item that is part of a group of similar items. Only one
appraisal is required for a group of similar items
contributed in the same tax year, if it includes all the
required information for each item. The appraiser may
group similar items with a collective value appraised at
$100 or less.

Part III, Declaration of Appraiser
If you had to get an appraisal, you must get it from a
qualified appraiser. A qualified appraiser is an individual
who meets all the following requirements as of the date
the individual completes and signs the appraisal.
1. The individual either:
a. Has earned a recognized appraiser designation
from a generally recognized professional appraiser
organization for demonstrated competency in valuing the
type of property being appraised, or
b. Has met certain minimum education requirements
and has two or more years of experience in valuing the
type of property being appraised. To meet the minimum
education requirements the individual must have
successfully completed professional or college-level
coursework in valuing the type of property obtained from:
i. a professional or college-level educational
organization,
ii. a generally recognized professional trade or
appraiser organization that regularly offers educational
programs, or
iii. an employer as part of an employee apprenticeship
or education program similar to professional or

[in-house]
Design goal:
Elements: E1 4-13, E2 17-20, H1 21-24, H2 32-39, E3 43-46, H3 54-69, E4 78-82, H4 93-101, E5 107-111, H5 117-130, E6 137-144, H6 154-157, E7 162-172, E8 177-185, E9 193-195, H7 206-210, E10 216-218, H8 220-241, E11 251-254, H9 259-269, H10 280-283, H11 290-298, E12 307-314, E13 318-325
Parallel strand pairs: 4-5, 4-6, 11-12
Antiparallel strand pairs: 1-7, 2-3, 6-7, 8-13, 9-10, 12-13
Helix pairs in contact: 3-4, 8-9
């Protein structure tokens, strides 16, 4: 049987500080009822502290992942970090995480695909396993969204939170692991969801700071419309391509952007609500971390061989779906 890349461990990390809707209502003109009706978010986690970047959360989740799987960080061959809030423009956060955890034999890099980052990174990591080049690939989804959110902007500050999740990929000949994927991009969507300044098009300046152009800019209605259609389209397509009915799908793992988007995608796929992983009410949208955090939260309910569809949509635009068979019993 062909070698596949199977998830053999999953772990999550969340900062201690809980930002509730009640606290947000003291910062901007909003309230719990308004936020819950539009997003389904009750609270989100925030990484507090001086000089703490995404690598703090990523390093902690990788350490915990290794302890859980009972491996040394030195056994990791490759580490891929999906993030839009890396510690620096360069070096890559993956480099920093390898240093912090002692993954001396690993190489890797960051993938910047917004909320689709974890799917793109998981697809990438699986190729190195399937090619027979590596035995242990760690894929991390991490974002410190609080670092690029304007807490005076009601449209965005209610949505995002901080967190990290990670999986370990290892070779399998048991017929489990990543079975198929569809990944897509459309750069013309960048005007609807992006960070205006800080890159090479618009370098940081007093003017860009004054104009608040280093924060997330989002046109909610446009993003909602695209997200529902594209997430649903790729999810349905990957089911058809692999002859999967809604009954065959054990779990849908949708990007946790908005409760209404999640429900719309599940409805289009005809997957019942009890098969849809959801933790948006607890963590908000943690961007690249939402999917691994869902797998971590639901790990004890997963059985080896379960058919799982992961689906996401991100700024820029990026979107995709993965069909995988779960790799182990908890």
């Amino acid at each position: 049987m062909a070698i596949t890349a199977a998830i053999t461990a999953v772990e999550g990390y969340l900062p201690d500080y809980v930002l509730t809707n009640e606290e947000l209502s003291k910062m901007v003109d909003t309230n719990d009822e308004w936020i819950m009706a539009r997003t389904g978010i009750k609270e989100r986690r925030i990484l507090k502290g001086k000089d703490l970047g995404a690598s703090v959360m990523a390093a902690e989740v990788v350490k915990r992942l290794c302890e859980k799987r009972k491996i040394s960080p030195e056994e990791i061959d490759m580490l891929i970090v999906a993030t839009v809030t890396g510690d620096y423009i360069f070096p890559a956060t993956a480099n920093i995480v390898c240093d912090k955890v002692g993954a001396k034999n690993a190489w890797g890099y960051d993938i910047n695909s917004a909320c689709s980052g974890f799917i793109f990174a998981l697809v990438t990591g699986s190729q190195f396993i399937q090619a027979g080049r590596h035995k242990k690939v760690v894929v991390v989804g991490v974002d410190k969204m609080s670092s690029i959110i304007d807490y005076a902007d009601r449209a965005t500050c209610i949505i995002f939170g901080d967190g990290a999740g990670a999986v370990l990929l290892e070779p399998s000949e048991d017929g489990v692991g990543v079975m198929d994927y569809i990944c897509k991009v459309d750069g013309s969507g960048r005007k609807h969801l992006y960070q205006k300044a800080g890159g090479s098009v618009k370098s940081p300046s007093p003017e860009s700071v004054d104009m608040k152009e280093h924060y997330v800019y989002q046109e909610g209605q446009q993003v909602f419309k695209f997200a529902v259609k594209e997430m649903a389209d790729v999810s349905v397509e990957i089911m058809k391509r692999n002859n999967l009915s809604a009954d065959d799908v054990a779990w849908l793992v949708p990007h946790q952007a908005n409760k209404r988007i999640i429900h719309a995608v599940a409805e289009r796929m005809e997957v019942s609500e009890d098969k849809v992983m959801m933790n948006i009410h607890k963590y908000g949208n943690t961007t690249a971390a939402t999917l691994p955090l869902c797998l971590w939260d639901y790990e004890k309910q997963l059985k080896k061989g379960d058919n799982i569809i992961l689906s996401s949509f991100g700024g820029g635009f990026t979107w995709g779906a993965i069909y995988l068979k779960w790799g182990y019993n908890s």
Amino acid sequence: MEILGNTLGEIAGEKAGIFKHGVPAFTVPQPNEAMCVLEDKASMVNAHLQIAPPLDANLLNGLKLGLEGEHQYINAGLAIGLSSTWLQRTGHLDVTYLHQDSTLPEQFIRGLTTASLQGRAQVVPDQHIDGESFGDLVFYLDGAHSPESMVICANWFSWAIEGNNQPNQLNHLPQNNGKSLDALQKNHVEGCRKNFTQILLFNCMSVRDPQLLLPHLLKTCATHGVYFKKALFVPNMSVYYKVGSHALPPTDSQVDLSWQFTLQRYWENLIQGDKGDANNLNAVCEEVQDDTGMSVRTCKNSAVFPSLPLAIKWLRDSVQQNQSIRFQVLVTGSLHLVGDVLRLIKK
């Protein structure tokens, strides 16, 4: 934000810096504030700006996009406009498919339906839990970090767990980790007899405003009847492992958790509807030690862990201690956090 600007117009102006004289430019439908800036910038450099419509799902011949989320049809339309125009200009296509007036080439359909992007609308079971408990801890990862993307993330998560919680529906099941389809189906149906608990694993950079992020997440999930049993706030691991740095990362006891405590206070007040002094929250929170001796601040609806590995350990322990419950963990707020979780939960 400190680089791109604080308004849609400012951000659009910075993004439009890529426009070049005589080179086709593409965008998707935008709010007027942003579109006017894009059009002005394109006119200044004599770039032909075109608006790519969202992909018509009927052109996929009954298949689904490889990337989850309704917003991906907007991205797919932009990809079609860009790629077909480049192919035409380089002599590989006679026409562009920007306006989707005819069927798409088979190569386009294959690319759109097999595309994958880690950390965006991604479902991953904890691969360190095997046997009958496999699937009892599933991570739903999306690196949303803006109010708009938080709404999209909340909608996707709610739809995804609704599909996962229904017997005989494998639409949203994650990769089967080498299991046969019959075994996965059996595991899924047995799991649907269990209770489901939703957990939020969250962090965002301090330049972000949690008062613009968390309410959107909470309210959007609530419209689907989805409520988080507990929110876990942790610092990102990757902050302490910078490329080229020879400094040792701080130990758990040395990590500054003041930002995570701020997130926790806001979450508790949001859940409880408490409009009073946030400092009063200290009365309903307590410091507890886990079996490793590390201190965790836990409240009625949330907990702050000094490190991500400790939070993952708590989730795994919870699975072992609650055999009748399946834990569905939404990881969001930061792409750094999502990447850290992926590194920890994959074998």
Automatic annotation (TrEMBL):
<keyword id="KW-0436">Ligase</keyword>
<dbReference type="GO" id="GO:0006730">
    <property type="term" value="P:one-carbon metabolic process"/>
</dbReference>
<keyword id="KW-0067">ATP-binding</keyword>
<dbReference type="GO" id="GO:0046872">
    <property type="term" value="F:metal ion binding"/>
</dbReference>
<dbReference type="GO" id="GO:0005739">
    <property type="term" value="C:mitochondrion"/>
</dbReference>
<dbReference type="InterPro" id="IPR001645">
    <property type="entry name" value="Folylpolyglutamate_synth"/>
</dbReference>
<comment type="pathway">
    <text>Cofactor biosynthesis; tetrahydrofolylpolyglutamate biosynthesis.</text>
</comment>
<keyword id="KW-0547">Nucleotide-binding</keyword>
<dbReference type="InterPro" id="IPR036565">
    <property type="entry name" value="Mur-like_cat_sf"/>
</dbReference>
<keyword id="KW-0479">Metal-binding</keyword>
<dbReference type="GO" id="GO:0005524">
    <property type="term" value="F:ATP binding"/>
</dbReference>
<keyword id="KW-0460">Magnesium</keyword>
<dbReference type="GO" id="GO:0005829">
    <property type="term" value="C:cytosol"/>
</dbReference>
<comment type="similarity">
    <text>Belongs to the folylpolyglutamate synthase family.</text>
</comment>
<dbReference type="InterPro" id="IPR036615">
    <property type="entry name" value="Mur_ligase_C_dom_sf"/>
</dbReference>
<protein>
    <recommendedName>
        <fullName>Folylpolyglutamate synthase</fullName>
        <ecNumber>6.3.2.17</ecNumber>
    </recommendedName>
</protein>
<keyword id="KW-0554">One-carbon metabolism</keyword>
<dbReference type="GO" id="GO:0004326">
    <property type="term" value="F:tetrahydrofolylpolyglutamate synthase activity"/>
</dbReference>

college-level courses.
2. The individual regularly prepares appraisals for
which he or she is paid.
3. The appraiser makes a declaration in the appraisal
that, because of his or her experience and education, he
or she is qualified to make appraisals of the type of
property being valued.

In addition, the appraiser must complete Part III of Form
8283. See section 170(f)(11)(E) and Regulations section
1.170A-16(d)(4) for details.
If you use appraisals by more than one appraiser, or if
two or more appraisers contribute to a single appraisal, all
the appraisers must sign the appraisal and Part III of Form
8283.
Persons who cannot be qualified appraisers are listed
in Part III of Section B- the Declaration of Appraiser.
Generally, a party to the transaction in which you acquired
the property being appraised will not qualify to sign the
declaration. But a person who sold, exchanged, or gave
the property to you may sign the declaration if the property
was donated within 2 months of the date you acquired it
and the property's appraised value did not exceed its
acquisition price.
An appraiser may not be considered qualified if you
had knowledge of facts that would cause a reasonable
person to expect the appraiser to falsely overstate the
value of the property. An example of this is an agreement
between you and the appraiser about the property value
when you know that the appraised amount exceeds the
actual FMV.
Appraisal fees cannot be based on a percentage of the
appraised value. See Regulations section 1.170A-17(a)(9).
Identifying number. The appraiser's taxpayer
identification number (social security number or employer
identification number) must be entered in Part II

 

sheilaconlee
New Member

I owe significant capital gains. I have large donation of items to Goodwill appraised at $45,000, can I deduct it from cap gain? How much will it save me? Thanks!

Thank you, however I already understand these rules as I am an USPAP Certified Personal Property Appraiser myself since 1982 (not doing my own appraisal of course) , but I appreciate your information.